Ben Simmons appeared on the bench last night in the best of spirits. Seen laughing and enjoying himself. It marked the first time he sat so close to an NBA floor in nearly eight months.
At some point soon, Simmons will play basketball. He’ll do all of the things he’s known for doing. Finding open teammates, grabbing rebounds, defending any opponent’s best player. There’s been a lot of chatter about everything Simmons related. Brooklyn, excited for what to come. Philly, happy he’s no longer there.
Mental health continues to be a focus. There typically won’t be any helpful conversations centered on it because it’s not only a complicated issue, but fans will make it personal which disbars a nuance understanding. Simmons clearly has issues. You don’t pass up a wide-open dunk in a one-possession game if you don’t have something bigger on your mind. You don’t actively avoid trying to score in fourth quarters of playoff games. Following the dreaded Game 7 loss, Simmons spoke about how he needed to get mentally right. He maintained that sentiment during his opening press conference with the Nets Tuesday morning.
Soon after the season, as he weighed what just transpired, he came to conclusion he no longer wanted to be in Philadelphia. He had his reasons. For one, Philly tried trading him for James Harden in January, but many saw it as Simmons running away from his fears, from the fans, from his teammates. Especially, because he never addressed the general public. He chose not to hold a press conference or make a video expressing his desires once the season ended. He didn’t owe that to anyone, of course, but it would have helped him generate sympathy. He kept telling the 76ers he wouldn’t report to training camp. Eventually he did. Being passive aggressive, however, the only real issue he caused outside of refusing to play was getting kicked out of practice right before the season began. Things randomly appeared in the media sparingly. “He wanted his own team.” Or “He wasn’t able to make mistakes as a younger player because the 76ers were too good right away”. The most laughable one came a week or so before he was finally traded when Ramona Shelburne reported Simmons was upset Joel Embiid blamed him for the series loss to the Hawks when Simmons didn’t blame him for the series loss to the Raptors in 2019. Let’s quickly dissect that assertation.
I went to Game 4 in that series, with Philly coming off its best win since Game 1 of the 2001 Finals. It became a turning point for a number of things for the franchise, truthfully. NBA teams that go up 3-1 in a best of 7 series usually win. The 76ers lost that game. Embiid struggled offensively as he battled with an unfortunate sickness. After the game, my cousins and I got into an Uber. The driver spent the entire drive telling us how Philadelphia would never win as long as Simmons was on the team. The 76ers ended that series a plus-90 in Embiid minutes. Somehow, they lost by 112 points when he wasn’t on the floor. Embiid didn’t have this incredible series, but he (or maybe Jimmy Butler) was their most impactful player. Everyone knows what happened as Kawhi Leonard won Game 7. Butler and Redick left. Tobias Harris signed a maximum contract with Philadelphia. Al Horford joined, too.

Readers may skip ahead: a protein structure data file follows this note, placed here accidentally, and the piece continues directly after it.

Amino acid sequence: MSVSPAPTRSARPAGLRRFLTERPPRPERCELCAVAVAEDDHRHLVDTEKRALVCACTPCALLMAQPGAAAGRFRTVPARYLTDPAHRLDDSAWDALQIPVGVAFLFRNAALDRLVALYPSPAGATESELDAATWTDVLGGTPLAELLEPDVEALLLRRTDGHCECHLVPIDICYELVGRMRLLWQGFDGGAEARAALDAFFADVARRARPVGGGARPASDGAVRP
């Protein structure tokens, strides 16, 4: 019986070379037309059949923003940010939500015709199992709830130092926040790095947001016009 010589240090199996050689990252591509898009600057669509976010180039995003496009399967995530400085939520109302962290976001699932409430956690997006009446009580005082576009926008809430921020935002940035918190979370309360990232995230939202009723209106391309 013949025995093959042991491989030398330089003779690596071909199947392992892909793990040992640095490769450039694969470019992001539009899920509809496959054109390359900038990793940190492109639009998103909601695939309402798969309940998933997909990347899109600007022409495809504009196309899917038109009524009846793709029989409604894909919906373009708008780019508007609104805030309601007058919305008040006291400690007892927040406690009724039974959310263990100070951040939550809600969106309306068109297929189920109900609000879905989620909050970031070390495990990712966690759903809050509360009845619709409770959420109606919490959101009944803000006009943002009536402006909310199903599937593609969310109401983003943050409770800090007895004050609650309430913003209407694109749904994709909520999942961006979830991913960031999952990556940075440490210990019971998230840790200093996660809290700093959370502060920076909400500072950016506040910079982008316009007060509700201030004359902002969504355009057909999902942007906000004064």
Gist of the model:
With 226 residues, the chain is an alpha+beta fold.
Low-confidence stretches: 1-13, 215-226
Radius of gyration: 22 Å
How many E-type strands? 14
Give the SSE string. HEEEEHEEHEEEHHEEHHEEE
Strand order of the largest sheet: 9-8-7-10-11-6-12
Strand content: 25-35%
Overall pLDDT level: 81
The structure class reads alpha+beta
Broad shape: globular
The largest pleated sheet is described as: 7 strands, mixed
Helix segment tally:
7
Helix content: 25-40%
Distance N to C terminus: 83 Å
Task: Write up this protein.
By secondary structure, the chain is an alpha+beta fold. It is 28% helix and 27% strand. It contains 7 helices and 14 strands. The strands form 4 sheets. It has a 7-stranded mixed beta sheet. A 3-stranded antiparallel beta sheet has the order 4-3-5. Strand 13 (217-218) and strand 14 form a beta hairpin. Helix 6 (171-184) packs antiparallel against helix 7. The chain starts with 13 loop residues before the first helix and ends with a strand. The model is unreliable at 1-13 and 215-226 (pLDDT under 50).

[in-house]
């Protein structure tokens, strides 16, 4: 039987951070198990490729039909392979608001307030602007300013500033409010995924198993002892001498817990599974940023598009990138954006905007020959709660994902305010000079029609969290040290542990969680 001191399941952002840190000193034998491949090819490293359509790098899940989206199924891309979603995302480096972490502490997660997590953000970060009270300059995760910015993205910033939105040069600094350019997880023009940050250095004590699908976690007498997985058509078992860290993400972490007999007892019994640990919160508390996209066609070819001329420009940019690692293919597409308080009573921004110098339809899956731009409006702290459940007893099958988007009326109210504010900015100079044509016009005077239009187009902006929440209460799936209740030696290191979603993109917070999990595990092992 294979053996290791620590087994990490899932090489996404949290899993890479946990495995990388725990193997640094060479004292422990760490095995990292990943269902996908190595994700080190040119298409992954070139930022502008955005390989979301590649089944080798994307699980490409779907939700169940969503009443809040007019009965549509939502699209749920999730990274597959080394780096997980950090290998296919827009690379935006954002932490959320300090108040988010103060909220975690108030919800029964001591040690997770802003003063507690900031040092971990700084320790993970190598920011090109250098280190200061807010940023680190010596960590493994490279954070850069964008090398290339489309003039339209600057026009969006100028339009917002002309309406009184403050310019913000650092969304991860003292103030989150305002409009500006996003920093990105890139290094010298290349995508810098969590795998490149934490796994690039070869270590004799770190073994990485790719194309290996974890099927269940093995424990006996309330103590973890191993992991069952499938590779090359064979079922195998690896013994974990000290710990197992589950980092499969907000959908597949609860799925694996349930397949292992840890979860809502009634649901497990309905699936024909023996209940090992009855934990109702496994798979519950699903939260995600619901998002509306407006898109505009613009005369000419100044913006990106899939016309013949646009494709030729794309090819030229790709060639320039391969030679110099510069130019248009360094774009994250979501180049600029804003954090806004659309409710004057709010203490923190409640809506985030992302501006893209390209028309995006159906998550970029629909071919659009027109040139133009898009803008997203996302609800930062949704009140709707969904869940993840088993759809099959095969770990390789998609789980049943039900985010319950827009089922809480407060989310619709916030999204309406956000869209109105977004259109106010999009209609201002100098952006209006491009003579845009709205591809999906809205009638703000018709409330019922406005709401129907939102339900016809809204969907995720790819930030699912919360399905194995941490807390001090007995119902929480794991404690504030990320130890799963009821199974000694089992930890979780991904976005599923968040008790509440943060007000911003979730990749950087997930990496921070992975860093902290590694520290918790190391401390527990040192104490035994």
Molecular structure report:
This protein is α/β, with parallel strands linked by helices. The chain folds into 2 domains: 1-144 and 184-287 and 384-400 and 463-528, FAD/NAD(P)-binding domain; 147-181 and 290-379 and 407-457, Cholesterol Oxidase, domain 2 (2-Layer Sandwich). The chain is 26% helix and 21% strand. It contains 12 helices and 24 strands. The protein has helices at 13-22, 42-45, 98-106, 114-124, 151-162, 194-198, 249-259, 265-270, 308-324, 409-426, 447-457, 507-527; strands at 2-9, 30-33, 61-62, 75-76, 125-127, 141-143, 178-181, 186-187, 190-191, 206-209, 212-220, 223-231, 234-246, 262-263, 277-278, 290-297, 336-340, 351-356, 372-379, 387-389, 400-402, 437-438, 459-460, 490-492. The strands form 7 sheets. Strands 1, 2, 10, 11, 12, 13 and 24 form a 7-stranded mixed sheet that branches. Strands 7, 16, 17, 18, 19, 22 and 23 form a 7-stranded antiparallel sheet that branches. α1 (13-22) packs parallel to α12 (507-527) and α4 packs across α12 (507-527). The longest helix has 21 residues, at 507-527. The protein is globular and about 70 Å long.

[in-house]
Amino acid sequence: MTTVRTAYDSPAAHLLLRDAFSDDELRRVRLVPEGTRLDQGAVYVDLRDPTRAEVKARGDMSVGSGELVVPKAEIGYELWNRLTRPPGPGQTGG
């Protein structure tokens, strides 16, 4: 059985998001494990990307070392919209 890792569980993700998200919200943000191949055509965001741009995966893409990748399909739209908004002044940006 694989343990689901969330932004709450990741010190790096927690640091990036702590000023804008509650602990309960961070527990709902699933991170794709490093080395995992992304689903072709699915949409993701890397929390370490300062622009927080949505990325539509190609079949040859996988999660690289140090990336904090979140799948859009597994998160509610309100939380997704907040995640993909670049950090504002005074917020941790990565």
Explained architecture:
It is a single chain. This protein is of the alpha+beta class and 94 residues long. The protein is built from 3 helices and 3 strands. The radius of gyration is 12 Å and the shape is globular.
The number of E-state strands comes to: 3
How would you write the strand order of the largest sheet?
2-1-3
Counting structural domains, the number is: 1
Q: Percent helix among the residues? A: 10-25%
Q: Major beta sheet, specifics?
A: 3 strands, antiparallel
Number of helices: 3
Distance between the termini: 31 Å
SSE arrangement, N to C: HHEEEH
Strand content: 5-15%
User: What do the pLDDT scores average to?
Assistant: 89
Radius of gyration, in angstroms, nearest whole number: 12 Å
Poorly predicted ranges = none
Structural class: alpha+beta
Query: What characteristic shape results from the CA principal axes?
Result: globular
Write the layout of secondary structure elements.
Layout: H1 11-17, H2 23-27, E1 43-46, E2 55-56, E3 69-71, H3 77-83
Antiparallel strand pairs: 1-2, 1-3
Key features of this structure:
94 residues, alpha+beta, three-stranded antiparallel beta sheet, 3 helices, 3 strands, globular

There are scenarios where it would have worked. A healthy Markelle Fultz, maybe. The aforementioned Butler. Simmons reportedly clashed with the elder swingman. Philly, at the time rightfully so, chose Simmons. It’s true Simmons, not Embiid, made an All-NBA team during that disastrous 19-20 campaign. The team, however, didn’t fit at all. Spacing all wonky. No true threat off the dribble. It ended Brett Brown’s tenure as head coach. With a shorten offseason, Doc Rivers quickly got hired, but as far as trades and the draft it was unclear what the 76ers could do. Daryl Morey then left Houston. He found himself in Philly where he immediately made a difference, adding actual shooters in Seth Curry and Danny Green while drafting Tyrese Maxey.
Things were back on track. The Simmons-Embiid partnership seemed as good as ever as Philadelphia finished first in the conference. Then the playoffs happened.
As the Atlanta collapse took shape, it became apparent that Simmons would be gone. His value being tanked, however, put the 76ers front office in an impossible situation as far as trading him for anything that would help Embiid. In the end, Philadelphia received its wish. As did Simmons.
Nobody can understand what happened to Simmons outside of him. Some personal stuff trickled out last season. Things you can’t imagine having to comprehend. It’ll be miserable for him whenever he does play in Philadelphia for the rest of his career, beginning March 10. You hope for his own sake he finds that happiness. It’ll be weird cheering against him given the rivalry that exists. It’s one thing if he went to Sacramento or Indiana, destined to be irrelevant to Philadelphia for the rest of his career. But he’s in proximity, playing alongside Kevin Durant and Kyrie Irving for the foreseeable future. It’s impossible to avoid him. A playoff series seems inevitable.
There’s really no ill will to Simmons, at least from my perspective. He provided many highlights. Some truly incredible moments during his career. But I’d rather have Harden, and now all you can do is wish him well outside of those games against his former team.